Tuesday, June 29, 2004

Film Review: Lost in Translation

Sophia Coppola is a quiet filmmaker. She doesn't rely on explosions, vulgar comedy, blatant sex, or other shock-value techniques to make her films, and this makes her films both intriguing and confusing, engaging, and slightly off-putting. But somehow they work. They move quietly along, whispering in our minds, leaving ideas and images that don't immediately resonate, but that begin to ring true with time. Her films tend to shake us from within, like a deep bell tone, or the lowest note played on a pipe organ: quiet, almost beyond hearing, yet deeply felt.

The average movie goer-might not immediately connect with Coppola or her work, for she isn't producing films for mass consumption to fit every palate. Her films have a slightly foreign quality to them, as if perhaps, something was lost in the translation. And yet, I find, if one pays close enough attention, her films are fulfilling in their very lack of fulfillment.

This may sound as though I'm contradicting myself, but I'm not. A painting fulfills expectations by showing us a scene; a good painting exceeds expectations by causing our imagination to travel beyond the frame to question the story behind the scene. The painting does not tell the whole story, because it does not have to; it is the wonder that makes it great.

I feel this way about Copola's films, especially her recent award winner, Lost in Translation. While the film is very spare, using only the absolute minimum required dialog and back story to propel it along, it is somehow more powerful for leaving us to question it than it would have been had all our questions been answered. Few filmmakers could execute this successfully, but Coppola does so with inherent grace.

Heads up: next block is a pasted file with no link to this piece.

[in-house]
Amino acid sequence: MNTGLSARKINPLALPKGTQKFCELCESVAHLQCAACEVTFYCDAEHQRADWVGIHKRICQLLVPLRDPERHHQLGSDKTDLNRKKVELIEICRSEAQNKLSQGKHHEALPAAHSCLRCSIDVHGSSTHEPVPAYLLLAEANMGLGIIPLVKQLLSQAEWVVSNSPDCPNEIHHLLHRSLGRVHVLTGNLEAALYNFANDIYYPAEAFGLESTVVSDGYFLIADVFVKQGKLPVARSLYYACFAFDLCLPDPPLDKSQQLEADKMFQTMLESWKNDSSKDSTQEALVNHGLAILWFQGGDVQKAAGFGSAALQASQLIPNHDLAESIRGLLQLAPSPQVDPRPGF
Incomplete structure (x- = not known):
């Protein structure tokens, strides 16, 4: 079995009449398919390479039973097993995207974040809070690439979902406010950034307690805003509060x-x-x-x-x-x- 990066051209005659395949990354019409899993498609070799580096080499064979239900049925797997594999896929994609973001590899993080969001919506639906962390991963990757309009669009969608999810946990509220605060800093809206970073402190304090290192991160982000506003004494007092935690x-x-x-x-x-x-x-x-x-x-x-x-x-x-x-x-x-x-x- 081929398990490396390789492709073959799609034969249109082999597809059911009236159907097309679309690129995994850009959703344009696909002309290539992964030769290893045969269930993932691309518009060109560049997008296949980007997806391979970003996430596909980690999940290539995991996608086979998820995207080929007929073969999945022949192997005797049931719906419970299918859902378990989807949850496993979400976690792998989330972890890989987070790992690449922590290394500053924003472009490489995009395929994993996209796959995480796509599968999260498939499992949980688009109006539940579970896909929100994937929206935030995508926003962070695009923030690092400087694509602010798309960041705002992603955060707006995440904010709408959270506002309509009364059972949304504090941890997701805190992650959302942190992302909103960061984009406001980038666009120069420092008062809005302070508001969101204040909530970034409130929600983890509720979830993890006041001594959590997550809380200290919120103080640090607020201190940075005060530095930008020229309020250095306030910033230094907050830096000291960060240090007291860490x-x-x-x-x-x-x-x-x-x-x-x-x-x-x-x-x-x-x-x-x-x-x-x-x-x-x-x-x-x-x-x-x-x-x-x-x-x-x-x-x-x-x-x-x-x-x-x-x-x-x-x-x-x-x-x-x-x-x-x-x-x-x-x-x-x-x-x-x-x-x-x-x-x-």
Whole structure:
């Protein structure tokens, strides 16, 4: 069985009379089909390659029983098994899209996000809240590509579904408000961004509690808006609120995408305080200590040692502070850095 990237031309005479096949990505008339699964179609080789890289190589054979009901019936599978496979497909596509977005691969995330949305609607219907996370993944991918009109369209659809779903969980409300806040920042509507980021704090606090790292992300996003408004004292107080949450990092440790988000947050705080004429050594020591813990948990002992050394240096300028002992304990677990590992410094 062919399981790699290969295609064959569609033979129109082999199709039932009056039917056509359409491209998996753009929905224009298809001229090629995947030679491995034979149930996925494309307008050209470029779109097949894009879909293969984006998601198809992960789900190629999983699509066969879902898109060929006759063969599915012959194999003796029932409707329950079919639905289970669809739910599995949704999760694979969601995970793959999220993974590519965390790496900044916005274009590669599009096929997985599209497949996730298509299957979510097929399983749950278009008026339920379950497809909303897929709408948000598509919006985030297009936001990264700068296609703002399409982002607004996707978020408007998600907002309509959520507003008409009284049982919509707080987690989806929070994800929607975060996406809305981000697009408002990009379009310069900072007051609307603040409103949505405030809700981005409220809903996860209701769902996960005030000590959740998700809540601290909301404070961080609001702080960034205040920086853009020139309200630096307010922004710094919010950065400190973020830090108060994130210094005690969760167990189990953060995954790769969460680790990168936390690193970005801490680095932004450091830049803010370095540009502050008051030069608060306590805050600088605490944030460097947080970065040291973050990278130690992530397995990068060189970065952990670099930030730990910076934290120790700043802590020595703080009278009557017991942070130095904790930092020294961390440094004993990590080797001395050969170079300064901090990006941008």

I would venture to say that this kind of quiet filmmaking is an almost impossibly delicate balance between the director's personal vision, which might not reach anyone but herself, and a vision suitable for the masses, which everyone can understand, but everyone has seen before. Coppola finds this balance expertly through, interestingly enough, her film's lack of concrete details. We do not know everything about Bob and Charlotte, but then, neither do they. As in life off the screen, it is enough that their creator knows them.

And therein lies the universality of Lost in Translation; it is an undeniable part of the human condition to be a seeker, to search for meaning, and to find oneself lost. There is a scene in the film when Bill Murray's character is sitting in a tub, talking to his wife on the phone, and he begins to rant about the ways in which he wants to change his life: taking better care of himself, eating better food, in short, a lifestyle overhaul. In that moment, he becomes an archetype -- not a hero, or an anti-hero, but a human being, experiencing a moment of epiphany, of wanting something more for himself, for his life and being sure of the path to take.

Every human being has experienced moments like these, and it is these universal moments of quiet revelation that characterize us; it is not explosions or unbelievable adventures or life and death situations, but simple, quiet, universal moments that define our lives and our existence as human. By tapping into these experiences, Coppola's Lost in Translation transcends traditional moviemaking, where the aim is simply to entertain, and enlightens it with the intention of quietly touching us, and making us think.

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